Home additions come in all sizes and shapes and are prompted by a variety of different needs. If you like your neighborhood, if your home has “good bones” and your site plan will allow it, an addition can be a wise choice. A new room addition might satisfy your desire for a private hideaway or create a bunk room for visiting grandchildren. Additional space might mean that the whole family could gather easily for holiday dinners. And, as the trend toward working remotely continues to grow, a home office would be a decided advantage. While some families initially buy a home with the intention of “moving up” or “moving on” as family needs change, others settle into a comfortable lifestyle and are hesitant to leave a community that feels like home.
What Purpose Will the Addition Serve?
An addition can be purely functional or highly specialized. Whether an addition embodies multi-use square footage that adapts to new uses as needed, fulfills a desire for personalized hobby space or simply creates a more up-to-date, spacious floor plan is up to you. Dedicated home theaters are not as popular as they once were, but “man caves” and “she sheds” have gained new favor. If you can envision it, the chances are good that your dream can become a reality. Some of the more popular home additions include:
- A spacious master bath retreat with abundant closet space
- Another bedroom, especially if it includes a bathroom
- A separate den or game room
- An expanded kitchen with space for informal dining and/or a sitting area
- A home office with a private entrance
- A full in-law suite to meet a need for aging parents, or to accommodate grown children and frequent visitors
- A sun room to double as a greenhouse and informal entertaining space
Any time you consider remodeling or building an addition, the first step should be to visit with a professional to ensure that your plans will add lasting value to your property and that your goals can be accomplished within your budget constraints. Crystallize your ideas and jump-start the process by scheduling a design consultation early in the game.
What Kind of Addition Is the Right Choice?
There are two primary ways to add additional square footage to an existing home: build up or build out. While it’s true that remodeling existing space is typically more cost-effective than building new space, that option might not add net space to your home. There are some exceptions: You can gain interior square footage by enclosing a covered patio, converting an attached garage or finishing out an unfinished basement. However, those routes do have specific limitations, and may or may not result in the kind of new space that you desire. That’s why it’s smart to discuss your plans with a qualified design-build firm first.
Adding a ground-level room may seem easier than adding a second story, but that’s not necessarily the case. Your design-build firm will be able to offer pertinent advice. Building principles are similar, whether an addition requires site preparation and a new slab, or roof removal and shoring up existing framing structure to carry the new load.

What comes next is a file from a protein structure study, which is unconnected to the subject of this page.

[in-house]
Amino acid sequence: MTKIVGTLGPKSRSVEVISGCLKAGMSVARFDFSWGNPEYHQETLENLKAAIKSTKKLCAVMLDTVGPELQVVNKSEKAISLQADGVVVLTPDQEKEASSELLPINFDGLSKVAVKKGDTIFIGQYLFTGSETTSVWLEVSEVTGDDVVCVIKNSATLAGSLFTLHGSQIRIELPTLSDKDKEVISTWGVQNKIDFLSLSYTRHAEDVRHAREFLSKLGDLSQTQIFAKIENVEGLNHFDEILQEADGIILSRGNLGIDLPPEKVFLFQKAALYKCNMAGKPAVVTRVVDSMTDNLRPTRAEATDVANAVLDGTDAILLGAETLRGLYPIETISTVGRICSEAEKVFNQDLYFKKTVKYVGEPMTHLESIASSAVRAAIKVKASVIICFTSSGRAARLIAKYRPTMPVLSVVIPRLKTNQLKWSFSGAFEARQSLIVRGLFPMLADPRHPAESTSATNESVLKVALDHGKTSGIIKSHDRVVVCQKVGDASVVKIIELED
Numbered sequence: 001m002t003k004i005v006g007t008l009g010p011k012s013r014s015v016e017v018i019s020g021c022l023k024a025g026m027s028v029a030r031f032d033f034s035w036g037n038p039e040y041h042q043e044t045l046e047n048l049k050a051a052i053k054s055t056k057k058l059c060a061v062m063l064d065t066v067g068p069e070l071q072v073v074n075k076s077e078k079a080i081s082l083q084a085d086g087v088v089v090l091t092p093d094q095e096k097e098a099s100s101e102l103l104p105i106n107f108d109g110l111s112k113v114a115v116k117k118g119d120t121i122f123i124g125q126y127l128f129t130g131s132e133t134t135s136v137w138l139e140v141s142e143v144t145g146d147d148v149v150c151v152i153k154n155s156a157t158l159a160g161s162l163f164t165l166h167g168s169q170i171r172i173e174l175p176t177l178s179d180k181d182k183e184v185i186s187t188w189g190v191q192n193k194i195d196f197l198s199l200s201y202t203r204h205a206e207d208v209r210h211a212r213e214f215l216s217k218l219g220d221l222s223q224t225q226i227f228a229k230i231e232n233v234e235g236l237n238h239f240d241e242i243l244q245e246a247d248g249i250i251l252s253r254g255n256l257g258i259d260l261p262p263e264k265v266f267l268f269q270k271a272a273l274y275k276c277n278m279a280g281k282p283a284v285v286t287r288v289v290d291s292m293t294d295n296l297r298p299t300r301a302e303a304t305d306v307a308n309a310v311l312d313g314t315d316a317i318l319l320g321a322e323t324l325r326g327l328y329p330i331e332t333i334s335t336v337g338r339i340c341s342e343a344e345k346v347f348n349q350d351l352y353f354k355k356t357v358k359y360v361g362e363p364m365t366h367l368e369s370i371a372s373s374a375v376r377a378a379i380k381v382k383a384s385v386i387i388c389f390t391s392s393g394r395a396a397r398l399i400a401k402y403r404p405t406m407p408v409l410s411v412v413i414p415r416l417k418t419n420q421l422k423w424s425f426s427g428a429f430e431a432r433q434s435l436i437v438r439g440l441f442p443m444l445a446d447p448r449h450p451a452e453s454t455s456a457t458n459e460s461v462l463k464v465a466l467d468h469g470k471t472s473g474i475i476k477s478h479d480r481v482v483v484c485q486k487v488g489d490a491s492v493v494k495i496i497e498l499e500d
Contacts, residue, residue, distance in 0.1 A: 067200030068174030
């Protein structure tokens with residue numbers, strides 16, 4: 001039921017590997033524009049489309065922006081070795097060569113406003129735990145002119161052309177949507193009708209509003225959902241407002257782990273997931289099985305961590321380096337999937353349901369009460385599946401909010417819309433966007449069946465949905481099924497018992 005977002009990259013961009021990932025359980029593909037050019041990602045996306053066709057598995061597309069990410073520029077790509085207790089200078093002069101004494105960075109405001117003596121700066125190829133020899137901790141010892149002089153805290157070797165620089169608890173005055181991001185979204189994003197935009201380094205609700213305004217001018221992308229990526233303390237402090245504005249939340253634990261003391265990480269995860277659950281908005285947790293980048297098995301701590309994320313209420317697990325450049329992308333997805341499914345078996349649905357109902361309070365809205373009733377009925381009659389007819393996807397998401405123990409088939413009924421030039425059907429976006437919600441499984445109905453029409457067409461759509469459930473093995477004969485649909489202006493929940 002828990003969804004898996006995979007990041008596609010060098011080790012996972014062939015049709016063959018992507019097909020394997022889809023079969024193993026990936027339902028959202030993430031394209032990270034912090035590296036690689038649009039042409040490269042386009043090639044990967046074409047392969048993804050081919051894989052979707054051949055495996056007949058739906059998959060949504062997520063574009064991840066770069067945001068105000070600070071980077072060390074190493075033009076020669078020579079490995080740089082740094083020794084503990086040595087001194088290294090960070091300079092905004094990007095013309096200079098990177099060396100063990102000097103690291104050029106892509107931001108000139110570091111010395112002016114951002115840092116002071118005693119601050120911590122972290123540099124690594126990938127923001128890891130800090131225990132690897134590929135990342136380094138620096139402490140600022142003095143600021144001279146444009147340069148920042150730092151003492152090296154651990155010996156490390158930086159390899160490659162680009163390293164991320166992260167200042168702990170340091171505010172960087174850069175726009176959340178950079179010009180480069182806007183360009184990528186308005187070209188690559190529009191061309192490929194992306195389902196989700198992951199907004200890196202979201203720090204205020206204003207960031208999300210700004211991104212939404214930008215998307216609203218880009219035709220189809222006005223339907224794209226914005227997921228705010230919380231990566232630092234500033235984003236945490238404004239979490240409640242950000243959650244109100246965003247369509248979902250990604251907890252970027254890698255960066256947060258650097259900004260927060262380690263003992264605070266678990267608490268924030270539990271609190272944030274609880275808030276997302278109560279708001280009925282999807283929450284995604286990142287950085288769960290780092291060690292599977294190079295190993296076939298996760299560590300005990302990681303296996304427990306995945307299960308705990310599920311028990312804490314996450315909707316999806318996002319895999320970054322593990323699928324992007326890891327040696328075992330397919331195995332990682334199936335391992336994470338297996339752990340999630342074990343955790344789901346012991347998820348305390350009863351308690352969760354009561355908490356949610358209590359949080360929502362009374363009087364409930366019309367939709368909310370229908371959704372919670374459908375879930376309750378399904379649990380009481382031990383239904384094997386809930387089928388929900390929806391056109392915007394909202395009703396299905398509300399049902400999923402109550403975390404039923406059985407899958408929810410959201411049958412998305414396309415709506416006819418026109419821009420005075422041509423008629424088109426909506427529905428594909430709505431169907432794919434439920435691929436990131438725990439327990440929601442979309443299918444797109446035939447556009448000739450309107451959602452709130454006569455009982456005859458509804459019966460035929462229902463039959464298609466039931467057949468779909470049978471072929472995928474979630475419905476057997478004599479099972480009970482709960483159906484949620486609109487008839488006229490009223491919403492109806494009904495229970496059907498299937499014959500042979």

Ancillary considerations when planning an addition revolve around code compliance, community restrictions, building codes, neighborhood values, and budget constraints. As a homeowner, you should consider the potential future return on your investment as well as your current desire for new space. Again, your building professional can guide you to the right decision by sharing with you prevailing costs for the kind of construction you plan.
Determine the Best Size and Configuration for Your Addition
The best way to determine the right size for a new addition is to take stock of your wants and needs. Bigger is not always better. A good way to begin analyzing your needs is to visit model homes, open houses or furniture showrooms with model room displays. If you have specific space requirements, for a billiards table, a loom, a model train set up, or a piece of antique furniture, keep those measurements in mind as you begin planning your new space.
Whether you focus on function, style or convenience, consider enhancing even minimal square footage with built-in cabinetry, shelving, and storage. Be creative with your planned addition; keep a notebook of ideas for using the space or create an ideabook on Houzz.
Think about the added convenience of a combination laundry/mudroom adjacent to the kitchen. Then imagine what else you could do in the space: Drip-dry hanging space next to the washer that doubles as a dog shower? A storage island, with or without a sink, in the middle of the room to ease flower arranging and seasonal gardening tasks? An extended counter to serve as a dog grooming table or gift wrap center?
A room with a separate outside entrance in addition to an ensuite bath allows it to be used as an efficient home office as well as a guest suite, adding both home value and appeal. A second-floor den, game room or hobby room might be doubly attractive with an adjacent outdoor deck. A bedroom designed for grandkids would benefit from the addition of quirky play space — a pair of dormer windows on either side of a “stage” with a sloped ceiling or a nook to accommodate bookshelves and a comfortable reading chair.
When considering the feasibility of an addition to your home, you will want to confirm that existing electrical, plumbing, heating and cooling systems are sufficient to efficiently serve the new square footage. But that is another job your professional contractor will handle.
Sweeney Design Remodel has been working with area homeowners since 1954. We not only design and remodel homes, but we build relationships with our clients, helping to enrich lives and add beauty and value to local homes. Contact us to discuss your ideas and explore the possibilities. Also, sign up for our newsletter to keep in touch with what’s new in the world of design and home remodeling.